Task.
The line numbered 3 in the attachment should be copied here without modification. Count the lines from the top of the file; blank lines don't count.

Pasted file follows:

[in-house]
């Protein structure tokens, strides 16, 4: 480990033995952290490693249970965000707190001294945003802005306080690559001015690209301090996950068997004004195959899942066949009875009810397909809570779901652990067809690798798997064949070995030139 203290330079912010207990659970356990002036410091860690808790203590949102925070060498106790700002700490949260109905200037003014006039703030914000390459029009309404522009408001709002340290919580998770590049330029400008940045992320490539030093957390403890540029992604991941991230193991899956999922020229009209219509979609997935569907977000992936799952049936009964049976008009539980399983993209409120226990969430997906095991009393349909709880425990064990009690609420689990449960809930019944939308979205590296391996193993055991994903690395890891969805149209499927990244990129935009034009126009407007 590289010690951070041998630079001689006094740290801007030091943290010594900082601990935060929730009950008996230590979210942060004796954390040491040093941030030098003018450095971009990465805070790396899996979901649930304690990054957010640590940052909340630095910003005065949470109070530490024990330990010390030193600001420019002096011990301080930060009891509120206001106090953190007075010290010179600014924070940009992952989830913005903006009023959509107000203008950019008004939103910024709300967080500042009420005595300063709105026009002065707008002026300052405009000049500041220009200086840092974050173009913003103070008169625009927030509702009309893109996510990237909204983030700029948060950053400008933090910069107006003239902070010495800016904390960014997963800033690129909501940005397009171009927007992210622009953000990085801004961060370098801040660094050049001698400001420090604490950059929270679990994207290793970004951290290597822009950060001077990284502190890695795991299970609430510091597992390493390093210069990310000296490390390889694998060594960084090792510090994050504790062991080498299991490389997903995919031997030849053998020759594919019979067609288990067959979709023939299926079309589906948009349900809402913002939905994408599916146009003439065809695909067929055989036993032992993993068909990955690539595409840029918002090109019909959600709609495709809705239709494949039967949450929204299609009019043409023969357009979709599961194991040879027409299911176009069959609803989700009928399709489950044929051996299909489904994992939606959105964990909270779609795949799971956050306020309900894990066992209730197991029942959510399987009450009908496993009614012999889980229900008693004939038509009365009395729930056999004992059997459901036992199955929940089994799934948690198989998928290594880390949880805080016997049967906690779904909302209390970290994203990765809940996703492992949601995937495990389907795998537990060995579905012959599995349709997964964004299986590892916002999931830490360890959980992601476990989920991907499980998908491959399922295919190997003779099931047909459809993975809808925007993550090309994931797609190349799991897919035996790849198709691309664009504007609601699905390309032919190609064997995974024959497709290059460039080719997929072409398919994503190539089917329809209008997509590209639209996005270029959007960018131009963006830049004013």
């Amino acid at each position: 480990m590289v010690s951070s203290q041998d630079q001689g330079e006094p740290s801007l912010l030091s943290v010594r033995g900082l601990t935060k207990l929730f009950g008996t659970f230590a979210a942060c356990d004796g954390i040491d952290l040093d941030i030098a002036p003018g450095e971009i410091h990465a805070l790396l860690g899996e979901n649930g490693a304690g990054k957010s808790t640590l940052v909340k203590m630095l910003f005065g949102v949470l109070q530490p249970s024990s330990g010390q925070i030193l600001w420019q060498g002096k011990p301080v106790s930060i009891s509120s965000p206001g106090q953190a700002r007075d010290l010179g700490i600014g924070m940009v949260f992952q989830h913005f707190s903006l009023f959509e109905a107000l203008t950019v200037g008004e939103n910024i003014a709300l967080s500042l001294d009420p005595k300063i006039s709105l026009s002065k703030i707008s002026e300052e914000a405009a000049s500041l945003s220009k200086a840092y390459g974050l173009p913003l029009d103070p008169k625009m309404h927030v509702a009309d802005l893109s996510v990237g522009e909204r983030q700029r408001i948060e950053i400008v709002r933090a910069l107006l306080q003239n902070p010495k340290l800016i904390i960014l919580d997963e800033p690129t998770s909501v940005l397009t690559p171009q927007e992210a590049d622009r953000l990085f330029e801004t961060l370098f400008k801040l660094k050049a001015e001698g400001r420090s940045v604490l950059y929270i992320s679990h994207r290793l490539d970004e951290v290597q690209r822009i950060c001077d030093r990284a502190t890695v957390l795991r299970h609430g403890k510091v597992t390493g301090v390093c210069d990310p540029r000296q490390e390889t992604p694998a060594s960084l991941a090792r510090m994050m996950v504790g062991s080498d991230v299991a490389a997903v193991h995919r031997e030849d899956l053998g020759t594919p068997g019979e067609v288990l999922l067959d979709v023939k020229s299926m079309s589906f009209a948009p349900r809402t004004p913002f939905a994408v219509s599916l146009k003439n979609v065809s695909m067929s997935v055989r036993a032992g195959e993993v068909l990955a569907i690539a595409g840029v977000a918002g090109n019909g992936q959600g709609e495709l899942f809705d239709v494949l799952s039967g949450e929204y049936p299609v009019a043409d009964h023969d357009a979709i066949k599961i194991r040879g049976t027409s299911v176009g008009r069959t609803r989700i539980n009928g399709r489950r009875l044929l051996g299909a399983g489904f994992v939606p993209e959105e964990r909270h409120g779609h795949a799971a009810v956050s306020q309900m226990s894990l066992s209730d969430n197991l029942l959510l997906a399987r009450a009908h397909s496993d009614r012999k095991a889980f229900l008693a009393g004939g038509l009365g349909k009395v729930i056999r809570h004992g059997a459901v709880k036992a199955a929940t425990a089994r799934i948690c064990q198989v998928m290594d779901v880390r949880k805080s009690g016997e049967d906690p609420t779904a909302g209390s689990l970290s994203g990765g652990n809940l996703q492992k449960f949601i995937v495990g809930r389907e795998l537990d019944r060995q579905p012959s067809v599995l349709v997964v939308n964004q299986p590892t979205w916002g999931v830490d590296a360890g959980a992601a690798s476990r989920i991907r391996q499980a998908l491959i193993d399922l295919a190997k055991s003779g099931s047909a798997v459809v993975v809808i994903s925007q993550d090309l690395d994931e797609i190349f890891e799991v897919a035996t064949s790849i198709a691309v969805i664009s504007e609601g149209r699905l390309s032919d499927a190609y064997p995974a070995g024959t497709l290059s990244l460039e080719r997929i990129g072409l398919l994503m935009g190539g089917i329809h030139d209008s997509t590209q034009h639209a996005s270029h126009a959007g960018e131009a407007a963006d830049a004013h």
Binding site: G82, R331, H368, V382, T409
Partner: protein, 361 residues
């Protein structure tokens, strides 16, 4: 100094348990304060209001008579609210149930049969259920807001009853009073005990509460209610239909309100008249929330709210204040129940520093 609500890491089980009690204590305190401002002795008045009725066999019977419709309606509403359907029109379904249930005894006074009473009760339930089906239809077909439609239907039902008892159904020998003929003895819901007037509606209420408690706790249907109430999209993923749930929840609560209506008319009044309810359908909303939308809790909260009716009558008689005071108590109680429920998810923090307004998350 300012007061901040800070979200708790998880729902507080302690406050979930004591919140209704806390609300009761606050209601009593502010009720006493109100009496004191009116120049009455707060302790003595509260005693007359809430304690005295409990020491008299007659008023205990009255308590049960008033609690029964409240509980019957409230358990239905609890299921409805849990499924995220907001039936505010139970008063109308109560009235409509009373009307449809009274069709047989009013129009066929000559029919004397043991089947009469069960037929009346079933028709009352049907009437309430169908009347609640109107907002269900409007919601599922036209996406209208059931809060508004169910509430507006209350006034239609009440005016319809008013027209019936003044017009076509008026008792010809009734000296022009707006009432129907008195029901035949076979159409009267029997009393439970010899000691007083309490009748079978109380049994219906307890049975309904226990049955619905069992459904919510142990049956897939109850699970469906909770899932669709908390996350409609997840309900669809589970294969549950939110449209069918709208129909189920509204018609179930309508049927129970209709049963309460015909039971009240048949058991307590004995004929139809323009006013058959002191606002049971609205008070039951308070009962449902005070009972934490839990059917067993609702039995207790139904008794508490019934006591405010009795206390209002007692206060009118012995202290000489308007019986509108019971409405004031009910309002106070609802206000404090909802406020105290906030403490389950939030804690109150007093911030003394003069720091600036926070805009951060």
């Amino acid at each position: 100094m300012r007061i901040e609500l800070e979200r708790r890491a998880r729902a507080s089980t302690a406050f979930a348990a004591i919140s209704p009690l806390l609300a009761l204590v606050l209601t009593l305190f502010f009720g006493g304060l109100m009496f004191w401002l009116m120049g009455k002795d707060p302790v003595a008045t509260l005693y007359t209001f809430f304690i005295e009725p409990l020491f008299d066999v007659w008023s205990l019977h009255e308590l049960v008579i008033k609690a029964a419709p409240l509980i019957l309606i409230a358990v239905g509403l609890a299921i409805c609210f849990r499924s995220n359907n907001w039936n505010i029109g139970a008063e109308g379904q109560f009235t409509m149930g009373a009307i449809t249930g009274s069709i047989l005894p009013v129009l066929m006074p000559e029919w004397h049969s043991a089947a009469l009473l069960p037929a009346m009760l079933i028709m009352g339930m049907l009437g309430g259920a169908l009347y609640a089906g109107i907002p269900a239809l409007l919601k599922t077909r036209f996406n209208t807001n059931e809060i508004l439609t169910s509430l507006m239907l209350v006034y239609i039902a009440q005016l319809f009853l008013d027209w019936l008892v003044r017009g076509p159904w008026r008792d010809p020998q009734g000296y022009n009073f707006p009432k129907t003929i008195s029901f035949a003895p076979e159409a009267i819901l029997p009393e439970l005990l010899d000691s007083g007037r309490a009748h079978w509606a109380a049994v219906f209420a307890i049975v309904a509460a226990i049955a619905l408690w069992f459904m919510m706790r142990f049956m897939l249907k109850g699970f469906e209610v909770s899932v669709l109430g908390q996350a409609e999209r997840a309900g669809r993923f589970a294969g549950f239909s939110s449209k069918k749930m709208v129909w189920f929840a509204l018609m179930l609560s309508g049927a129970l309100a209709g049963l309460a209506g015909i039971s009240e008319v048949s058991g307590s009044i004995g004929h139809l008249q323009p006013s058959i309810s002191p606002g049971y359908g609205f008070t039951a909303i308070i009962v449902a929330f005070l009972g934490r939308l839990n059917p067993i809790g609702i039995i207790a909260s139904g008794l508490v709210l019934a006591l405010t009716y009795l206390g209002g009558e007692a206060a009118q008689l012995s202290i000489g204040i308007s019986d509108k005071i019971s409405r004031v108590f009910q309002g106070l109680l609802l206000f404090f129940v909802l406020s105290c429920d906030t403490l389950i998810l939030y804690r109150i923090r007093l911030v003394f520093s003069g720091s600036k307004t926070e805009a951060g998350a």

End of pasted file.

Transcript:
């Amino acid at each position: 480990m590289v010690s951070s203290q041998d630079q001689g330079e006094p740290s801007l912010l030091s943290v010594r033995g900082l601990t935060k207990l929730f009950g008996t659970f230590a979210a942060c356990d004796g954390i040491d952290l040093d941030i030098a002036p003018g450095e971009i410091h990465a805070l790396l860690g899996e979901n649930g490693a304690g990054k957010s808790t640590l940052v909340k203590m630095l910003f005065g949102v949470l109070q530490p249970s024990s330990g010390q925070i030193l600001w420019q060498g002096k011990p301080v106790s930060i009891s509120s965000p206001g106090q953190a700002r007075d010290l010179g700490i600014g924070m940009v949260f992952q989830h913005f707190s903006l009023f959509e109905a107000l203008t950019v200037g008004e939103n910024i003014a709300l967080s500042l001294d009420p005595k300063i006039s709105l026009s002065k703030i707008s002026e300052e914000a405009a000049s500041l945003s220009k200086a840092y390459g974050l173009p913003l029009d103070p008169k625009m309404h927030v509702a009309d802005l893109s996510v990237g522009e909204r983030q700029r408001i948060e950053i400008v709002r933090a910069l107006l306080q003239n902070p010495k340290l800016i904390i960014l919580d997963e800033p690129t998770s909501v940005l397009t690559p171009q927007e992210a590049d622009r953000l990085f330029e801004t961060l370098f400008k801040l660094k050049a001015e001698g400001r420090s940045v604490l950059y929270i992320s679990h994207r290793l490539d970004e951290v290597q690209r822009i950060c001077d030093r990284a502190t890695v957390l795991r299970h609430g403890k510091v597992t390493g301090v390093c210069d990310p540029r000296q490390e390889t992604p694998a060594s960084l991941a090792r510090m994050m996950v504790g062991s080498d991230v299991a490389a997903v193991h995919r031997e030849d899956l053998g020759t594919p068997g019979e067609v288990l999922l067959d979709v023939k020229s299926m079309s589906f009209a948009p349900r809402t004004p913002f939905a994408v219509s599916l146009k003439n979609v065809s695909m067929s997935v055989r036993a032992g195959e993993v068909l990955a569907i690539a595409g840029v977000a918002g090109n019909g992936q959600g709609e495709l899942f809705d239709v494949l799952s039967g949450e929204y049936p299609v009019a043409d009964h023969d357009a979709i066949k599961i194991r040879g049976t027409s299911v176009g008009r069959t609803r989700i539980n009928g399709r489950r009875l044929l051996g299909a399983g489904f994992v939606p993209e959105e964990r909270h409120g779609h795949a799971a009810v956050s306020q309900m226990s894990l066992s209730d969430n197991l029942l959510l997906a399987r009450a009908h397909s496993d009614r012999k095991a889980f229900l008693a009393g004939g038509l009365g349909k009395v729930i056999r809570h004992g059997a459901v709880k036992a199955a929940t425990a089994r799934i948690c064990q198989v998928m290594d779901v880390r949880k805080s009690g016997e049967d906690p609420t779904a909302g209390s689990l970290s994203g990765g652990n809940l996703q492992k449960f949601i995937v495990g809930r389907e795998l537990d019944r060995q579905p012959s067809v599995l349709v997964v939308n964004q299986p590892t979205w916002g999931v830490d590296a360890g959980a992601a690798s476990r989920i991907r391996q499980a998908l491959i193993d399922l295919a190997k055991s003779g099931s047909a798997v459809v993975v809808i994903s925007q993550d090309l690395d994931e797609i190349f890891e799991v897919a035996t064949s790849i198709a691309v969805i664009s504007e609601g149209r699905l390309s032919d499927a190609y064997p995974a070995g024959t497709l290059s990244l460039e080719r997929i990129g072409l398919l994503m935009g190539g089917i329809h030139d209008s997509t590209q034009h639209a996005s270029h126009a959007g960018e131009a407007a963006d830049a004013h």